It can be a major turning point in the careers of most physicians—the decision to lease or buy the building in which they practice or will be practicing.

In many cases, we profess that it is better to own versus rent. This article provides a brief overview of the pros and cons of each, as well as what you must know before you make the correct choice based on your individual needs and goals.


If someone said, “If you buy a building and make the down payment, I will pay your mortgage and you will own the building at the end,” would you do it? Of course you would. You might have the opportunity to buy a building, and your practice might be willing to pay the mortgage. Remember, your practice needs to pay someone for office space, so why not you?

All this sounds good as long as there is assurance that someone will be paying the rent that will be used to pay the mortgage.

Therefore, first and foremost, you need to determine if you (and your associates) will be practicing in a geographic location with which you are familiar. Also, will you be there for a long time?

If the answer is yes, then you should consider buying. However, if the answer is no, or if you are not sure, then you should probably lease, as there are no guarantees that real estate values will rapidly appreciate or that you will be able to recoup your costs in the event you need to sell shortly after the purchase.

Most physicians who are new to a community should initially rent. Only after you are confident that you and your family like the community and you are able to establish a practice there should you consider purchasing a building.


Most communities have different zoning requirements for medical practices than they do for other commercial uses. As a result, you will need a building that is or can be zoned for medical use. Available parking is the greatest determining factor for whether or not a suburban or rural area building can be used for a medical practice.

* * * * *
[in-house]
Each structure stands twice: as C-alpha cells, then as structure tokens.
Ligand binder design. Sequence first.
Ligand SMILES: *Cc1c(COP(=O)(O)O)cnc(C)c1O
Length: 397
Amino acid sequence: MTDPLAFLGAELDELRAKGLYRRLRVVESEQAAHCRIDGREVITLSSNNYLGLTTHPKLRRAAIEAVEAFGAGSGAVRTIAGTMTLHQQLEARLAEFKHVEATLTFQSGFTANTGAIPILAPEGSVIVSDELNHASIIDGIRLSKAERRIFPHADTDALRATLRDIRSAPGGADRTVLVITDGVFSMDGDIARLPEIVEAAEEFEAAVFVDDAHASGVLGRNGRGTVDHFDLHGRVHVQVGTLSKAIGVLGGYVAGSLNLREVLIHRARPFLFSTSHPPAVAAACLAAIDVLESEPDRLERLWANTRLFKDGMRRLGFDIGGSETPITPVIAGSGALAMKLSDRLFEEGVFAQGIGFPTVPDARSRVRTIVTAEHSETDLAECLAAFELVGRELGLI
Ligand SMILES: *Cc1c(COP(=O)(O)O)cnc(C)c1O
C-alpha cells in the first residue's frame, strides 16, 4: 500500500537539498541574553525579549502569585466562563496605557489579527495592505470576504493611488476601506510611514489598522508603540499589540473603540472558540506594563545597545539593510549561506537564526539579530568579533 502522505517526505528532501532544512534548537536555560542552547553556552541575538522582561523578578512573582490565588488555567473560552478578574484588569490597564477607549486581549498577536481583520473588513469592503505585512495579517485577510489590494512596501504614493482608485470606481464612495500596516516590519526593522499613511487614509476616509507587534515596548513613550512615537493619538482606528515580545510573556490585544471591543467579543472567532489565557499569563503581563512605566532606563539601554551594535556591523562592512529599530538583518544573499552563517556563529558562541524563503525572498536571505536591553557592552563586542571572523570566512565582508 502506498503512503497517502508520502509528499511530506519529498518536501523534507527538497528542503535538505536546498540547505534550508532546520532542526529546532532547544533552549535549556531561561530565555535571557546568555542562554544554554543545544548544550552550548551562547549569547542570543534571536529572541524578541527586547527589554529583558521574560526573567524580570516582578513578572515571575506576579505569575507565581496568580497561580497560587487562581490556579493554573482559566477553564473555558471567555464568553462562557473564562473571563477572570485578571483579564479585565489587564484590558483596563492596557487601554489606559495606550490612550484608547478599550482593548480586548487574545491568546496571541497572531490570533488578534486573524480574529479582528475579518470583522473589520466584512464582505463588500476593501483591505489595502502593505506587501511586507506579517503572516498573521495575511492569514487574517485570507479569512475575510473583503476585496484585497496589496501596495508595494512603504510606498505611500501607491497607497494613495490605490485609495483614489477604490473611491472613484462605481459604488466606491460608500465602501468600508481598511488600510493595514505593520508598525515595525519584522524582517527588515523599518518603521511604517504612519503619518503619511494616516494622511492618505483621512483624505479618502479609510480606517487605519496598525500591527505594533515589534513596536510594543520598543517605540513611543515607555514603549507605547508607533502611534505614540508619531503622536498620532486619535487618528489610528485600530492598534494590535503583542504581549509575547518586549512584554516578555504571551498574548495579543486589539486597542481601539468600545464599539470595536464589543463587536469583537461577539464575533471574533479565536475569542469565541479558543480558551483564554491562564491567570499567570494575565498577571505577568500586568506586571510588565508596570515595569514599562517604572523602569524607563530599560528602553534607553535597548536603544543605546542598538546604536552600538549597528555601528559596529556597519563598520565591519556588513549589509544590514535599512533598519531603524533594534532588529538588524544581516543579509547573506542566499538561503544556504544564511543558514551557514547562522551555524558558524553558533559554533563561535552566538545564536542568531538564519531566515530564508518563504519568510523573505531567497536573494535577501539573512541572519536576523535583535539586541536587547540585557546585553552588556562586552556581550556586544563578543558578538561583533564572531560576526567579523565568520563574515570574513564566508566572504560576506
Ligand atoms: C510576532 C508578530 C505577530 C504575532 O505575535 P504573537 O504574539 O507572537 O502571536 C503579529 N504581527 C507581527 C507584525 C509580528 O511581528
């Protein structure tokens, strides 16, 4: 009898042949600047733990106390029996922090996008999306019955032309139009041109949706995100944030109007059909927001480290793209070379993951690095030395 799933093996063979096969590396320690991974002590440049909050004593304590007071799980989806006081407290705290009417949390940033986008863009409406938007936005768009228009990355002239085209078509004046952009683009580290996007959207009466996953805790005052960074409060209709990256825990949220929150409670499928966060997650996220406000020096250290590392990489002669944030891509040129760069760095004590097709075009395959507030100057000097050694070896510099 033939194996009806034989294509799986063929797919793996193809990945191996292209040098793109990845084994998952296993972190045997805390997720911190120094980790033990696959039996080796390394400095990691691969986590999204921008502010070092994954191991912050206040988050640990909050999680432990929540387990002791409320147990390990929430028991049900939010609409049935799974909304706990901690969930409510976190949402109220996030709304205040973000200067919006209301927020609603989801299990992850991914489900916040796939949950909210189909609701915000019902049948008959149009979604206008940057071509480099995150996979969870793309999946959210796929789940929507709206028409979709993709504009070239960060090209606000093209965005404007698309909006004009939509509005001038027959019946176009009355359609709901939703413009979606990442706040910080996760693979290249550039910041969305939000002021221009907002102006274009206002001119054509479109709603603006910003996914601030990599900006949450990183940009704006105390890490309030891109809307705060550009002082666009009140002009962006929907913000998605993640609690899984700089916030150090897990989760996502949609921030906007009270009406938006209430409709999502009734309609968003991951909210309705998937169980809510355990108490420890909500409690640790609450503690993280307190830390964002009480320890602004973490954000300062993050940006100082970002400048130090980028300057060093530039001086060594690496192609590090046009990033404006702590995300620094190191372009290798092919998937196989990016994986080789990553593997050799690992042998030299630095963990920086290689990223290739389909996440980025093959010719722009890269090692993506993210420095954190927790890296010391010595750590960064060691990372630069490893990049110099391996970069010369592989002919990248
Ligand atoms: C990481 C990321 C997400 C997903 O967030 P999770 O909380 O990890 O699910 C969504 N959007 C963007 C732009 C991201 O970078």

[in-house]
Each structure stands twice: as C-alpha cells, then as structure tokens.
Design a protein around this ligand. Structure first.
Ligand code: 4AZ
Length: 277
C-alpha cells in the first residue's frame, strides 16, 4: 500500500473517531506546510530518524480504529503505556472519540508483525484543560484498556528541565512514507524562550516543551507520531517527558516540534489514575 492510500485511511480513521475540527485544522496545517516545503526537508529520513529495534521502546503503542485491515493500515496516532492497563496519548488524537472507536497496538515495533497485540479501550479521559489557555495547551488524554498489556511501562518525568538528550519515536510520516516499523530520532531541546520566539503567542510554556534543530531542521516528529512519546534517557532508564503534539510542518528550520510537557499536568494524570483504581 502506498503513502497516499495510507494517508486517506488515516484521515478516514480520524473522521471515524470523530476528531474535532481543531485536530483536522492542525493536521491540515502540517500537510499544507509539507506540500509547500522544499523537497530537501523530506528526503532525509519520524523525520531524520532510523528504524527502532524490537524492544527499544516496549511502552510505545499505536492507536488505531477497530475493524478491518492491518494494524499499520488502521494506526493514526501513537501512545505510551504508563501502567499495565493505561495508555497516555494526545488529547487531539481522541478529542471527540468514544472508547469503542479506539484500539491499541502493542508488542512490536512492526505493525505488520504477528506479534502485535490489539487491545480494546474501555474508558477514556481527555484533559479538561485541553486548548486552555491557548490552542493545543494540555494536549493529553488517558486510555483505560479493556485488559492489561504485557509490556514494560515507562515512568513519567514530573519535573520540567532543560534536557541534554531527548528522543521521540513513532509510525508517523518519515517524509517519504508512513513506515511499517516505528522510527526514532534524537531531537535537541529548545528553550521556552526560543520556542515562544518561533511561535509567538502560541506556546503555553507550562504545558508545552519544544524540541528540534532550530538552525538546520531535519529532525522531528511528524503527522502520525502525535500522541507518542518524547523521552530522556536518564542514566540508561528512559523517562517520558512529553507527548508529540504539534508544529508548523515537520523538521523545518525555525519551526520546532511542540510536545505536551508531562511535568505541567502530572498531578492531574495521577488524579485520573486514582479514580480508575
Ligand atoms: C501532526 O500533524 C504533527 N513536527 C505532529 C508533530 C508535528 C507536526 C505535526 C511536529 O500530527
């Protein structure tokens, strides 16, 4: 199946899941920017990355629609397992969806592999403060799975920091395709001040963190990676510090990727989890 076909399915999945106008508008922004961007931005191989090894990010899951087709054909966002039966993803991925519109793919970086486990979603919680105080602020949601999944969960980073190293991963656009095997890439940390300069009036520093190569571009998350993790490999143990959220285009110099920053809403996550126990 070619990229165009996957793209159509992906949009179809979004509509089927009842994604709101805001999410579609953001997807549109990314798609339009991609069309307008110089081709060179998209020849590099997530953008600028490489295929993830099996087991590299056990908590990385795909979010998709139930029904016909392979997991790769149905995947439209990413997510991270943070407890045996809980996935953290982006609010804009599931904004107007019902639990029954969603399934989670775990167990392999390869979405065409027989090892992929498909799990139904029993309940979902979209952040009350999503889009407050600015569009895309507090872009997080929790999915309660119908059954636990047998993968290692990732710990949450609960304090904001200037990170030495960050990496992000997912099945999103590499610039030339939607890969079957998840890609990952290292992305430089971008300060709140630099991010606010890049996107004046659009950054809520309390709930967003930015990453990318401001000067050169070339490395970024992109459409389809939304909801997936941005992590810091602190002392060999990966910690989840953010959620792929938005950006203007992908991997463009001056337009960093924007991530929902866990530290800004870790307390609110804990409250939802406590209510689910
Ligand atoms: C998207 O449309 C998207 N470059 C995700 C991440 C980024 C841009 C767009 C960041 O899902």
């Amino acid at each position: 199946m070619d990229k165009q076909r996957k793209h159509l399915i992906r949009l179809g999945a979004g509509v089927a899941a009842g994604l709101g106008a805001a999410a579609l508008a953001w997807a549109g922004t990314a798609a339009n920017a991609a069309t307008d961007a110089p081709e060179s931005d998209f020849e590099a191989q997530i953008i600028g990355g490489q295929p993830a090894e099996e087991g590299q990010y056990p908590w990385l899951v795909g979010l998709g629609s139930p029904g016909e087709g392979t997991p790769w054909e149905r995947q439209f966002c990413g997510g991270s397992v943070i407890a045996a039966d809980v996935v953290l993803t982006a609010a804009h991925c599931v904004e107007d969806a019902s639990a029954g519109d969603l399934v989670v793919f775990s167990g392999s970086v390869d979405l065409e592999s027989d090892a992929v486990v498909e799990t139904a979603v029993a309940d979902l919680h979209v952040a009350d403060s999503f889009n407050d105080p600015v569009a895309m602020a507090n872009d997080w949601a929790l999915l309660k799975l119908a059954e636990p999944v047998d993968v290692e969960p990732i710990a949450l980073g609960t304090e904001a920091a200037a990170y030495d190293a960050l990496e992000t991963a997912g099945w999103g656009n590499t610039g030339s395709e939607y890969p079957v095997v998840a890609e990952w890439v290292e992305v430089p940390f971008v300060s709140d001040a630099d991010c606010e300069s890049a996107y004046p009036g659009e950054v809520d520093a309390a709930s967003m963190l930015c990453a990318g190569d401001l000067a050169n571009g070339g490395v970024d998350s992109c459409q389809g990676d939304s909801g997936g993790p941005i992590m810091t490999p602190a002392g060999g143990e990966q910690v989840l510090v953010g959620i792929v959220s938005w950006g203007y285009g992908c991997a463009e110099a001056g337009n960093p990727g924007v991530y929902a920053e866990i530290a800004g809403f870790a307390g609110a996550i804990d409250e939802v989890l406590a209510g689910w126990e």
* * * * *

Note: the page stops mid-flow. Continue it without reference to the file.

Before you commit to any building, you might want to retain the services of a real estate broker who has represented other medical practices and/or is familiar with the needs of physicians. You might also want to make a visit to the town’s building and zoning department in order to ensure that you will be able to use the building for your practice.

What is the potential appreciation of the property? It’s like the real estate agent’s mantra: “location, location, location.” That is the number one rule in real estate, and it’s often the most overlooked.

If you are considering the purchase of a building as an investment, you need to consider where it is situated, how desirable the area is, and how much the property is likely to appreciate over time. This is often a function of supply and demand and potential uses of the space.

If you are buying a building that can be used for multiple purposes and is in an area with a limited number of existing buildings and limited vacant lots, it should appreciate over time.


The cash flow from a building is a function of rental income (even if you are the tenant) minus the landlord’s expenses (even if you are the landlord). Will a fair rental rate (based on area rates) cover your expenses?

Often, the answer initially is no. You will not only need to come up with the down

payment, you will most likely need to cover a loss in the early years resulting from expenses that exceed the rent.